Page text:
This is exactly what is sounds like - people get a binder, then put their coupons in it and lug it to the store. Don't be ashamed by how full it is - I've seen people with 6 inch binders that were over flowing. It may get heavy, and it's hard to balance in a cart, especially if you go with your kids who need to sit in that seat. BUT, you're never with out your coupons, as its hard to forget the binder. Plus, there are some pretty fancy binders out there with all kinds of pockets and zippers, especially after the Back-To-School clearances. But how does one organize a binder? You Can -
A) Cut out the coupons you want or know you'll use (both exact brands and competitors) and put them into pockets (like baseball card sleeves) where the pages are then organized alphabetically or by types of products (like "cleaning products" or "kids snacks") or by aisle or however you want. (I have a binder that I don't really use all that often but it's an old CD binder - I LOVE it because it has bigger pockets which makes it easier for my fat hands to get in and out of.)
- Pros - you know exactly what page to go to when you need to find that shampoo coupon; you're not lugging around too much extra stuff (like scissors and all of your inserts.); a binder can fit into a tote bag so if the day is just sucking you don't have to pull it out; if you get a real binder and not use my cd binder idea you can add and subtract pages at will.
- Cons - you're cutting out soooo many coupons, statically more that you'll end up not using than using; if you only bring the coupons you cut at home/the office to the store, you may come across some fabulous yet unblogged/heard about deal, only to not have coupons for that item with you; if you save the rest of your inserts they'll start looking really ratty after you've been cutting them up so; if someone on a blog or message board references a certain coupon by saying which insert it was in but you've cut it out, you may forget that you have it or where you put it or if you've already used it; you have to constantly go through it and toss what has expired.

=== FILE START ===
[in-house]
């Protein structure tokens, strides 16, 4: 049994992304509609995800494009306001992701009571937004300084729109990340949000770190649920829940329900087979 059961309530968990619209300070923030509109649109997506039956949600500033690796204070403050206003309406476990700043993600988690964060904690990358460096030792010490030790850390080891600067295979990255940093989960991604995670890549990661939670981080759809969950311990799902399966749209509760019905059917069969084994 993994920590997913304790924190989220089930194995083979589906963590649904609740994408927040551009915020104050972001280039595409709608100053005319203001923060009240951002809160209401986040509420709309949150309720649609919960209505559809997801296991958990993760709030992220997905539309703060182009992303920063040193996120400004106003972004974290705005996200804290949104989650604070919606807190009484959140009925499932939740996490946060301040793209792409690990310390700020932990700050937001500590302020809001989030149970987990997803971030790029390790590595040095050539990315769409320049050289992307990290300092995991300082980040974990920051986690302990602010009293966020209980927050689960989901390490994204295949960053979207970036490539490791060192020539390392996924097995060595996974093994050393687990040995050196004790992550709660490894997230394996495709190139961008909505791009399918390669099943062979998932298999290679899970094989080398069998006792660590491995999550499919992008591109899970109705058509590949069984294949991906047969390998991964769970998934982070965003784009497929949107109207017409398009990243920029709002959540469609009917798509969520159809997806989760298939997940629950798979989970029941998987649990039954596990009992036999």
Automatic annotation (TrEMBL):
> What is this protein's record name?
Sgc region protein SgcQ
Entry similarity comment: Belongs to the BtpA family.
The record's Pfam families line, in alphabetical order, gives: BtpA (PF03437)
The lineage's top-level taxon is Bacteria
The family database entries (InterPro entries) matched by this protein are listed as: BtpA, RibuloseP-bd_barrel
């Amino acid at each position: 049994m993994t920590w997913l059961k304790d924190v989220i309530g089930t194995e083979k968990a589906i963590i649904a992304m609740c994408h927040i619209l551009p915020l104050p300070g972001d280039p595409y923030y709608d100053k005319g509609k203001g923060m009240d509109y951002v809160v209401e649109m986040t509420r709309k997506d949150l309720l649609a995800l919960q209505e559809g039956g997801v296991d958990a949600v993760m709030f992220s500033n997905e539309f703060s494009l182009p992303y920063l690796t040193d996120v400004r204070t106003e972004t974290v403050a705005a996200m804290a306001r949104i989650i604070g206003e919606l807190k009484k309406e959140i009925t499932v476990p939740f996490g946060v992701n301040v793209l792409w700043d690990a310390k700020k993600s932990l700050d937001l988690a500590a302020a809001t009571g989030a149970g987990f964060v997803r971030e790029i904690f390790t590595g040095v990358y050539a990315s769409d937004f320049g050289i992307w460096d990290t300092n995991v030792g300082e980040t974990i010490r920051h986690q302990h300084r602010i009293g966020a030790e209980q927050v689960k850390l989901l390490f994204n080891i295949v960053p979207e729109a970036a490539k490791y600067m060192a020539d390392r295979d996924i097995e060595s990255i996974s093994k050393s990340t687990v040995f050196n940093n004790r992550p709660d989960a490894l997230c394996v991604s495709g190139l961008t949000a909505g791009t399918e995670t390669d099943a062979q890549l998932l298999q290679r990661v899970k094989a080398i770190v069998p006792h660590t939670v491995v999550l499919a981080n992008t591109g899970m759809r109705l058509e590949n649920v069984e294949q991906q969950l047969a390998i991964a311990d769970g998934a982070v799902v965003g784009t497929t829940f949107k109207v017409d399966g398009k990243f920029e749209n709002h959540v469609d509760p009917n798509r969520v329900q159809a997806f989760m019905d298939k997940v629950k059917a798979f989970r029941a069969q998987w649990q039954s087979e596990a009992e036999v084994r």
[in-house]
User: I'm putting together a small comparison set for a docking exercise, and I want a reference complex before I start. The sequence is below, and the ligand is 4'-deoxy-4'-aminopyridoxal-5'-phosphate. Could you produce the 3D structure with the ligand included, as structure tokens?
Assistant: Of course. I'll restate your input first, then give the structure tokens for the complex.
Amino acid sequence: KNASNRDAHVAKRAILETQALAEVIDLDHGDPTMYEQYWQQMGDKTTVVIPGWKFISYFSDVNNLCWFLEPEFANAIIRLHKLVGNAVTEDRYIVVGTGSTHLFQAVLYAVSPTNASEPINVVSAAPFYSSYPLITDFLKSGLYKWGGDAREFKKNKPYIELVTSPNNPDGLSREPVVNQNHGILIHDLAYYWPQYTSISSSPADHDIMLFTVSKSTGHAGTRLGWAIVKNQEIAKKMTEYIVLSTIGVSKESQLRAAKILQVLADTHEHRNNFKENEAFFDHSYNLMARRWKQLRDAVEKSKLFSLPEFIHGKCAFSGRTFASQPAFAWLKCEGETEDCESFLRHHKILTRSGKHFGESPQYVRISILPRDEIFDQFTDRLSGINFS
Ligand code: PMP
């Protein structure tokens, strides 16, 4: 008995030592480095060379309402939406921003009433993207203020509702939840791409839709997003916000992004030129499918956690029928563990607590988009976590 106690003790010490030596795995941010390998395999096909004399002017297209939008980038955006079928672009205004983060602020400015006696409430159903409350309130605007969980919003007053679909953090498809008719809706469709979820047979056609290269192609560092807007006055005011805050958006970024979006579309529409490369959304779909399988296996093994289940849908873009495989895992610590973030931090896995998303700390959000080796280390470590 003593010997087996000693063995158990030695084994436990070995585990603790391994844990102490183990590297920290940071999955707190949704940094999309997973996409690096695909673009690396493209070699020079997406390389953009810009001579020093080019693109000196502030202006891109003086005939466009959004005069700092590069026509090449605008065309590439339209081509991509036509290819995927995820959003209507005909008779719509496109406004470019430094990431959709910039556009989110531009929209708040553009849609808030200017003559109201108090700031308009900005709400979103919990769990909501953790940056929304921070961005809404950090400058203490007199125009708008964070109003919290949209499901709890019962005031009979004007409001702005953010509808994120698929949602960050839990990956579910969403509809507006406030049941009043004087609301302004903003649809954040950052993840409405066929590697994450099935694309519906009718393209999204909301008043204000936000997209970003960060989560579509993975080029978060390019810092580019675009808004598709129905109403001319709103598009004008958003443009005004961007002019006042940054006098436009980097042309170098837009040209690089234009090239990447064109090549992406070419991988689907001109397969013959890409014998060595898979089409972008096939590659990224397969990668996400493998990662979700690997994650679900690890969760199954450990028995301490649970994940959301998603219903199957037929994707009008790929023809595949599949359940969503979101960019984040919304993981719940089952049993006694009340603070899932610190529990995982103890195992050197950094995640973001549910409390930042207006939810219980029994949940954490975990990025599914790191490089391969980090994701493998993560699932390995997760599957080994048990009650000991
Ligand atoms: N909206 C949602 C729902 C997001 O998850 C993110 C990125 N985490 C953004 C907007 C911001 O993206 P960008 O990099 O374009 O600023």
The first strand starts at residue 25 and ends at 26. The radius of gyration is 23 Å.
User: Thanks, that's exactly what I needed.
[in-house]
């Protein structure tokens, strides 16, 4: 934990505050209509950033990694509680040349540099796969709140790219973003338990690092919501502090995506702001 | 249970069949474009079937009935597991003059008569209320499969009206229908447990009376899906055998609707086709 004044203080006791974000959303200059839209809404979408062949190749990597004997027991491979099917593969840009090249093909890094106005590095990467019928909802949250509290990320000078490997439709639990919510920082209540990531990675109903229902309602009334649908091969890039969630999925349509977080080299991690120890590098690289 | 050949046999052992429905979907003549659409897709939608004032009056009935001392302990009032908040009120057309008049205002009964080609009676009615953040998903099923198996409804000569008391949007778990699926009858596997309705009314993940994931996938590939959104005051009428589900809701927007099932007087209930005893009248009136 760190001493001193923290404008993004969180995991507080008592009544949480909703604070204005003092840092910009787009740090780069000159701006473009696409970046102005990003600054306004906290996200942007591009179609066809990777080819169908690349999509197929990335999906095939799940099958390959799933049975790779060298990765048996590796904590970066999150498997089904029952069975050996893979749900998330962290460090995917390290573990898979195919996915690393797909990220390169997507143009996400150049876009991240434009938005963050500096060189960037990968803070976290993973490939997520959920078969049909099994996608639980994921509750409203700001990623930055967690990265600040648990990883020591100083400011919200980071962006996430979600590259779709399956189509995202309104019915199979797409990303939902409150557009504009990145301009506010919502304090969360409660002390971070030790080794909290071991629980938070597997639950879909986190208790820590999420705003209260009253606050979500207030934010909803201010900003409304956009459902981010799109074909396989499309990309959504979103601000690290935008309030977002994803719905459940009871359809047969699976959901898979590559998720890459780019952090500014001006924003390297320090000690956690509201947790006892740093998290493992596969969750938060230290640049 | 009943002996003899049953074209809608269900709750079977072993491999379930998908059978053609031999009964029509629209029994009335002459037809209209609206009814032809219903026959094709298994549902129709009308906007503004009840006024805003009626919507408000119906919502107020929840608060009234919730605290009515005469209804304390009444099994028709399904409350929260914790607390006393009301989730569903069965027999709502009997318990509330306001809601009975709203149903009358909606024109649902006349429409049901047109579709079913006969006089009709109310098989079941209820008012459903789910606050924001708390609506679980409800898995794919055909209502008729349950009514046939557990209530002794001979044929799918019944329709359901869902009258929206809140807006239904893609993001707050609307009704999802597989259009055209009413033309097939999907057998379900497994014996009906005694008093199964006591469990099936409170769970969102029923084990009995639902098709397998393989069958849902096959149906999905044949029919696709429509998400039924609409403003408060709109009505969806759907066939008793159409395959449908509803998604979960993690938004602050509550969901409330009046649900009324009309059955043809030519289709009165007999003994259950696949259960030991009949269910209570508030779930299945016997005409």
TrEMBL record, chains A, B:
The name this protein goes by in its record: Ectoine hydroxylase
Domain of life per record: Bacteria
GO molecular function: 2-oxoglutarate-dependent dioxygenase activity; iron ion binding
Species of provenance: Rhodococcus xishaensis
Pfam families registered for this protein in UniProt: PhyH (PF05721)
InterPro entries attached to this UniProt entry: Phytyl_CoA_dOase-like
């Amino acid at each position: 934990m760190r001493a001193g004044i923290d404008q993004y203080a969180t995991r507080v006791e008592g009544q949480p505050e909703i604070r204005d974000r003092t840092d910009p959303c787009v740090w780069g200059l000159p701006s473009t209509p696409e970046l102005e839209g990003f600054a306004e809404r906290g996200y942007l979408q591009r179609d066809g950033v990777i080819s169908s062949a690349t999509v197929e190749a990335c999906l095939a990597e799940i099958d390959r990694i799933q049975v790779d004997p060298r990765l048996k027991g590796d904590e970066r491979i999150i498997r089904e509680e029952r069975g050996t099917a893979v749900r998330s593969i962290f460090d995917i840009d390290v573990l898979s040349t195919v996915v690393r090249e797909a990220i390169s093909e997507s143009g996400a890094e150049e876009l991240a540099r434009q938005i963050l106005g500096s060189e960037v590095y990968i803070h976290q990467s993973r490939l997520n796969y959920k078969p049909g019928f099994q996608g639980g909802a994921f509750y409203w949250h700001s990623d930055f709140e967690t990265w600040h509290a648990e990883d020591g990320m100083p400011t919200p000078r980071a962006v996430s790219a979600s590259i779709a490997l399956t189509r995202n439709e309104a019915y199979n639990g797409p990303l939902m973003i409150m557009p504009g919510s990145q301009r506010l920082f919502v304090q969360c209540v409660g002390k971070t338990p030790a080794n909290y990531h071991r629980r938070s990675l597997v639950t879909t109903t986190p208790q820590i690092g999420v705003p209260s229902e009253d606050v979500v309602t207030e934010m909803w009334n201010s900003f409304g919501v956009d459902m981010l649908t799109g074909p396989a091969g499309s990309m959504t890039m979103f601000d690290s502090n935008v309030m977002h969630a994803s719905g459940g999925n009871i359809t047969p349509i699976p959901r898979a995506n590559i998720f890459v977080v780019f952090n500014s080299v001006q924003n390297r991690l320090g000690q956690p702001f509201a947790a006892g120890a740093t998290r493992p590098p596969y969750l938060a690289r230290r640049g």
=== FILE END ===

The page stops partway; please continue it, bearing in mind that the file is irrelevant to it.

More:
B) Keep the pages intact and put them in whole page protectors, like what you'd use in school or at work. (Inserts aren't stapled and are printed on both sides, so cut the pages on the center creases and insert them into whole page protectors, then you can see both sides and keep them in booklet order, if that's important to you. You can also get rid of advertisement pages.) You can put a tabbed divider in between the weeks (to separate the inserts that you got on Sunday, August 8th from the ones you got on Sunday, August 15th) and can even write directly on the pages with a grease pencil if you know of an upcoming sale or paper clip stackable store coupons to the specific MRF page.
- Pros - This method works well if you buy/subscribe/get multiple inserts every week; just match up all the page 1/2's and put them in a sleeve; same thing with 3/4's, 5/6's, 7/8's, and so on; if you are in a store and come across a stellar deal, price or sale, you can pull out your smart phone, go to hot coupon worlds online database and you will find out with a few short clicks in which insert to look.
- Cons - Your binder will get very full, very fast; To store "found" coupons (peelies, in-box, mailings, etc) you'll need to add some baseball card sleeves or a 3 ring zipper bag or something; if you don't have a smart phone or the Internet while you're out you may have to rummage through tons of pages to find the coupon you need or are looking for.